Teen-agers cooling it on drugs

A growing conservatism in the attitude of teen-agers toward drugs? That's what researchers at the University of Michigan's Institute for Social Research observe at the close of a nationwide survey of drug use among high school seniors. The study, conducted last year for the National Institute on Drug Abuse, concludes that illicit drug use remains widespread but is leveling off -- in some cases declining -- rather than continuing its dramatic rise of the last two decades.

Heroin and alcohol use among the 17,000 high school seniors surveyed remained steady. About two-thirds of those surveyed said they had used illicit drugs at some point in their lives, and close to 2 of every 5 had used something other than marijuana, such as cocaine and amphetamines. But the use of inhalants, PCP , and marijuana was down. In fact, the authors suggest that 1978 and '79 may well mark the peak in the rise of marijuana use. They credit the extensive publicity given new scientific evidence of health risks of marijuana for much of the falloff. Researchers note that peer disapproval of marijuana use is also on the rise.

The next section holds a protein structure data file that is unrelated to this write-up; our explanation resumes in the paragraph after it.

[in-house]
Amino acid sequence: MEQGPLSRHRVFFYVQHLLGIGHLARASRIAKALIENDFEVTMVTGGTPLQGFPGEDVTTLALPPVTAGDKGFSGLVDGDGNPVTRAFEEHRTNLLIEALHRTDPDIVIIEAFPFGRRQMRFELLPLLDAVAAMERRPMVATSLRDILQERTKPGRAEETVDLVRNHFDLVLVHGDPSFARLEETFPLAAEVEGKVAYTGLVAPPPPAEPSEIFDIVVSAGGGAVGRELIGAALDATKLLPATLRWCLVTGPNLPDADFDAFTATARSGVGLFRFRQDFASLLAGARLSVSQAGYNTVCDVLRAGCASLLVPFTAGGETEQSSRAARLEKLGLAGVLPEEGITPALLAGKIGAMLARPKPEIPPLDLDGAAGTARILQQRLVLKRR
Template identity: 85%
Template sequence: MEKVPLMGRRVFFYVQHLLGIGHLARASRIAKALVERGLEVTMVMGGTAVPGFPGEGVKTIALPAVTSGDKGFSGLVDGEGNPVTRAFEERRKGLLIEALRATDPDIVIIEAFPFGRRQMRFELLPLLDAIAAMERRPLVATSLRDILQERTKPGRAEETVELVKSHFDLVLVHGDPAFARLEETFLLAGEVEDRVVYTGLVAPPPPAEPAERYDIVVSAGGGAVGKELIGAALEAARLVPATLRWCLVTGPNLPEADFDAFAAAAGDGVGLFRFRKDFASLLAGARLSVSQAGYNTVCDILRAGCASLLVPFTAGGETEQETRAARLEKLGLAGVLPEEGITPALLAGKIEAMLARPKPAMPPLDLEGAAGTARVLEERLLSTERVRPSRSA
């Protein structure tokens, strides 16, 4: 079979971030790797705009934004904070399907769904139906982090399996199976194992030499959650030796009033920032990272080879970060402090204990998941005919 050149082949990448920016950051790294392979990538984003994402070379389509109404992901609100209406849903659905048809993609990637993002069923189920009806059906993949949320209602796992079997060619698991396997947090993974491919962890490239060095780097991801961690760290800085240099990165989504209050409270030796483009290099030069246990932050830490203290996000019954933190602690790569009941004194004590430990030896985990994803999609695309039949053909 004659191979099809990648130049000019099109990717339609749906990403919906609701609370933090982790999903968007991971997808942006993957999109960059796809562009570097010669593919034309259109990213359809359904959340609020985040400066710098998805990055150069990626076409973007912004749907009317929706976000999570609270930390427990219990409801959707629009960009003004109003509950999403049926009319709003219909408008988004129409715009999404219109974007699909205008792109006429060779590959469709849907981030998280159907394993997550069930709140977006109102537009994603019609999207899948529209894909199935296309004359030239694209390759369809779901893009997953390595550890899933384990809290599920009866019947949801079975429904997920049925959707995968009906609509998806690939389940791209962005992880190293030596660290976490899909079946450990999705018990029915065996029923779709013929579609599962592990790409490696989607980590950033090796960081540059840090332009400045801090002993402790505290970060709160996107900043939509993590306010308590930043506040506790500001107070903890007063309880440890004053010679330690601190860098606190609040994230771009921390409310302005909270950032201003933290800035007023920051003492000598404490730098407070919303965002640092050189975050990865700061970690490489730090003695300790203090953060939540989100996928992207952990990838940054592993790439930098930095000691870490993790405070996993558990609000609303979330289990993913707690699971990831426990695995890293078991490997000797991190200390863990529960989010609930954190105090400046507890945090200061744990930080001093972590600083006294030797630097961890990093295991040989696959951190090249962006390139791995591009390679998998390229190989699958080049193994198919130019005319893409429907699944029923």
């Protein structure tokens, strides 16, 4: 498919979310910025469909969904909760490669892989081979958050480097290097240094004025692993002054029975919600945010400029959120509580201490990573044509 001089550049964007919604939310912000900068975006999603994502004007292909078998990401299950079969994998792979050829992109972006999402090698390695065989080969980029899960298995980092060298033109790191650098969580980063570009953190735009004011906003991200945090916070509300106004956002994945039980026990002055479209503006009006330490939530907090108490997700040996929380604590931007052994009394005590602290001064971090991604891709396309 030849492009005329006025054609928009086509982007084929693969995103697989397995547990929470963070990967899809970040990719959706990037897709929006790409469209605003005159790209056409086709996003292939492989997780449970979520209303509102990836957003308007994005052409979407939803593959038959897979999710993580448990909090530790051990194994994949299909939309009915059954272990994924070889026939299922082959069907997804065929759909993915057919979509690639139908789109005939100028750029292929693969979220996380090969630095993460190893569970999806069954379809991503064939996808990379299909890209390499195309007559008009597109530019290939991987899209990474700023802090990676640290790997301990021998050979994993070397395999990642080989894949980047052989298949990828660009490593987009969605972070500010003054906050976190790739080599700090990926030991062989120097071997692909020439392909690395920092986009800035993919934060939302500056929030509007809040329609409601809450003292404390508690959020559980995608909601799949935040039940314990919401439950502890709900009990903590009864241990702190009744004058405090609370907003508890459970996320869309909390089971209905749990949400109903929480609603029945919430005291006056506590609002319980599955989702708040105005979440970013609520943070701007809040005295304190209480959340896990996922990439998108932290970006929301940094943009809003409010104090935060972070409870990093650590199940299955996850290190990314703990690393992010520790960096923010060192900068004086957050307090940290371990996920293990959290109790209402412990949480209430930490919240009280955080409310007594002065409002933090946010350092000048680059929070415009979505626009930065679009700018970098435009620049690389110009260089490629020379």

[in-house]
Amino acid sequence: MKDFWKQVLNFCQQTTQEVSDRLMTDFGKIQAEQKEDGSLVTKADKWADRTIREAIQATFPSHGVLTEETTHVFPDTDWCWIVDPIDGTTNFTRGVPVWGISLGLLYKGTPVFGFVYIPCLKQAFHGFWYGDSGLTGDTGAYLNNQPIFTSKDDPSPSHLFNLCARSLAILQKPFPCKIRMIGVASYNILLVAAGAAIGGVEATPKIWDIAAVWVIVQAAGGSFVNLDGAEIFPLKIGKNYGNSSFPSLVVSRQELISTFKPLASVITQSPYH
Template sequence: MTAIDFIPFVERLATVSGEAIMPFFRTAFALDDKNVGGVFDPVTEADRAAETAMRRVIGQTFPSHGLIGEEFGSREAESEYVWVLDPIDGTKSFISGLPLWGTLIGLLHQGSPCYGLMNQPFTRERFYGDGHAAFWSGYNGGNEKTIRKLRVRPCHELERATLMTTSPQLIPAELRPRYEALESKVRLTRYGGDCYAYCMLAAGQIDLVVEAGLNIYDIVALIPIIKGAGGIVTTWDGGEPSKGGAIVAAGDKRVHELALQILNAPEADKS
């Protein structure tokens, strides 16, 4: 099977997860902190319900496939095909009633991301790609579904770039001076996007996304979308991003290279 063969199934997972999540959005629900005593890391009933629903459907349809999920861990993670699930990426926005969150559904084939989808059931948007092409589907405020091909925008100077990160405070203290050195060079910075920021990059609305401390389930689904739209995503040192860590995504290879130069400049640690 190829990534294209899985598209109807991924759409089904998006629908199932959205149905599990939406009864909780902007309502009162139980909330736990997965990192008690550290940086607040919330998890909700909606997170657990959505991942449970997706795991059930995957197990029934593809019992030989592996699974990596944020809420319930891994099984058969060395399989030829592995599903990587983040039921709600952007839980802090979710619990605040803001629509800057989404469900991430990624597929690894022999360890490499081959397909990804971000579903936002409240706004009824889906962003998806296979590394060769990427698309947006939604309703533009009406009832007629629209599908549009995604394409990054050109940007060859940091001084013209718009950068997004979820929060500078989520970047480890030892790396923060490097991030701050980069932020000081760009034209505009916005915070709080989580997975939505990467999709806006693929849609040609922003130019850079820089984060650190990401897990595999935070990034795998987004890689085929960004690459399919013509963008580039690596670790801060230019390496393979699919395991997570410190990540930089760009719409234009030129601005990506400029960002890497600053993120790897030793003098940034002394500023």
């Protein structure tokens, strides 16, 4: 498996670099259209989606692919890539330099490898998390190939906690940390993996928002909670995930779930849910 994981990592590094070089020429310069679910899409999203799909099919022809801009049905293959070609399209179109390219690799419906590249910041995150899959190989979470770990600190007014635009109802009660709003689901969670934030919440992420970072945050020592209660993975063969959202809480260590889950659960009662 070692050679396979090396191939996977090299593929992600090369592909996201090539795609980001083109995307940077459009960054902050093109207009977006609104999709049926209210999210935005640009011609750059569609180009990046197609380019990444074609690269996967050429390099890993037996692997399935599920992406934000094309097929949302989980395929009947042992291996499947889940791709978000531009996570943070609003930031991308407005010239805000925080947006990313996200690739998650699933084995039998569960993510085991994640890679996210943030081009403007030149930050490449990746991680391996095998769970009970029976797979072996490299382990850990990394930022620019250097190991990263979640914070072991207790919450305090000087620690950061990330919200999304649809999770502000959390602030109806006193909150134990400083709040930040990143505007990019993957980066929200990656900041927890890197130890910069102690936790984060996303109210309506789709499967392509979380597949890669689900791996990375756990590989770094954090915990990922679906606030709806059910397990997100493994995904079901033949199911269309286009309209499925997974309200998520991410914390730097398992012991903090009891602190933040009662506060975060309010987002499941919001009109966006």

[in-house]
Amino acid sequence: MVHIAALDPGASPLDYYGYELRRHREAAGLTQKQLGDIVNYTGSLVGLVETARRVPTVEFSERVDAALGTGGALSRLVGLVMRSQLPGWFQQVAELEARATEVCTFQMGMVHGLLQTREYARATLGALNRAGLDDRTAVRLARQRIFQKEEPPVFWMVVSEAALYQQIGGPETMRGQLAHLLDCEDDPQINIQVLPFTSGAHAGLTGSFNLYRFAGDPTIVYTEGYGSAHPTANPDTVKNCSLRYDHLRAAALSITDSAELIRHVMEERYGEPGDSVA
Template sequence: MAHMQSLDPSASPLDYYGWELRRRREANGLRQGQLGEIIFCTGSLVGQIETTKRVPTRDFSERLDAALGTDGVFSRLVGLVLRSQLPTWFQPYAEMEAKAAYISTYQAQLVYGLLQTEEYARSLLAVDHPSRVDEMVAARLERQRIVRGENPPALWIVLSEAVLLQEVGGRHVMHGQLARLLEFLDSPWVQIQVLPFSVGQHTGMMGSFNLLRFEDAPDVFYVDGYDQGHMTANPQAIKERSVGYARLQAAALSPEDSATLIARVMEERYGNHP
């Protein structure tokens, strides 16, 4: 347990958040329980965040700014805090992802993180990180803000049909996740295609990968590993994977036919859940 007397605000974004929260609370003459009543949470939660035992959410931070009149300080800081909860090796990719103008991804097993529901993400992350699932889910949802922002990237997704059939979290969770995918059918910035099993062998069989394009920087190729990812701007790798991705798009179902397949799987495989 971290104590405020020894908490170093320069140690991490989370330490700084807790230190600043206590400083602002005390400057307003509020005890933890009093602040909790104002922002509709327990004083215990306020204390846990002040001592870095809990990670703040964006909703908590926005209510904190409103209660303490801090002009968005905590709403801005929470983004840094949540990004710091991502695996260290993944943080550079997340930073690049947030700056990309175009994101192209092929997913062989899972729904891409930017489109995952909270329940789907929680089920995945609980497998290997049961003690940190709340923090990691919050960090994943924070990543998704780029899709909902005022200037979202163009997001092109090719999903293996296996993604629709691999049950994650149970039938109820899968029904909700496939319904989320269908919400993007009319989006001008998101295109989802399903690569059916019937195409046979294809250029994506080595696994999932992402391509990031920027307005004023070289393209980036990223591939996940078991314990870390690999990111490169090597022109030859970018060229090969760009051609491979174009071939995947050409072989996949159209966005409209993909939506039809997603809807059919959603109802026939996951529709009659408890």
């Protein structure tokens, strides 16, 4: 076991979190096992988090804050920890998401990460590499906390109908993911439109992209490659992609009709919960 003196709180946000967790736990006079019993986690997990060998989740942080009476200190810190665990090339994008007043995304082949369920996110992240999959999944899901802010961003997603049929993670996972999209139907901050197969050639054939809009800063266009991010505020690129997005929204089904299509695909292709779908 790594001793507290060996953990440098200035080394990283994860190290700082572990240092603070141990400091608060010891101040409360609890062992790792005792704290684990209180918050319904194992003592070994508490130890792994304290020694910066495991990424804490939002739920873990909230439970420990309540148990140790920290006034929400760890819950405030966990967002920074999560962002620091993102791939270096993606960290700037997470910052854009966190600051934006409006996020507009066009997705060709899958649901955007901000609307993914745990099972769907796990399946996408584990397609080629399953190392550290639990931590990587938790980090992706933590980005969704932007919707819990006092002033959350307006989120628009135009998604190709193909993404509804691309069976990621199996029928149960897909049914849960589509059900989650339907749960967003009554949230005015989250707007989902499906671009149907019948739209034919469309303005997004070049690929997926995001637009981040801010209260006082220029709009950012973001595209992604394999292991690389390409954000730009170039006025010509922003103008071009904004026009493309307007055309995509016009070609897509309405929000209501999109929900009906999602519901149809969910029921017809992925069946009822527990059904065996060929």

The Michigan report points to a continuation of the long-term decline in the use of barbiturates, tranquillizers, and cigarettes.

"Overall . . . we're observing a gradually increasing conservatism among young people in their attitudes toward drugs," says Dr. Lloyd Johnston, one of the authors. But he cautions that it is unlikely the nation will ever again experience s uch relatively drug-free years as the 1950s.

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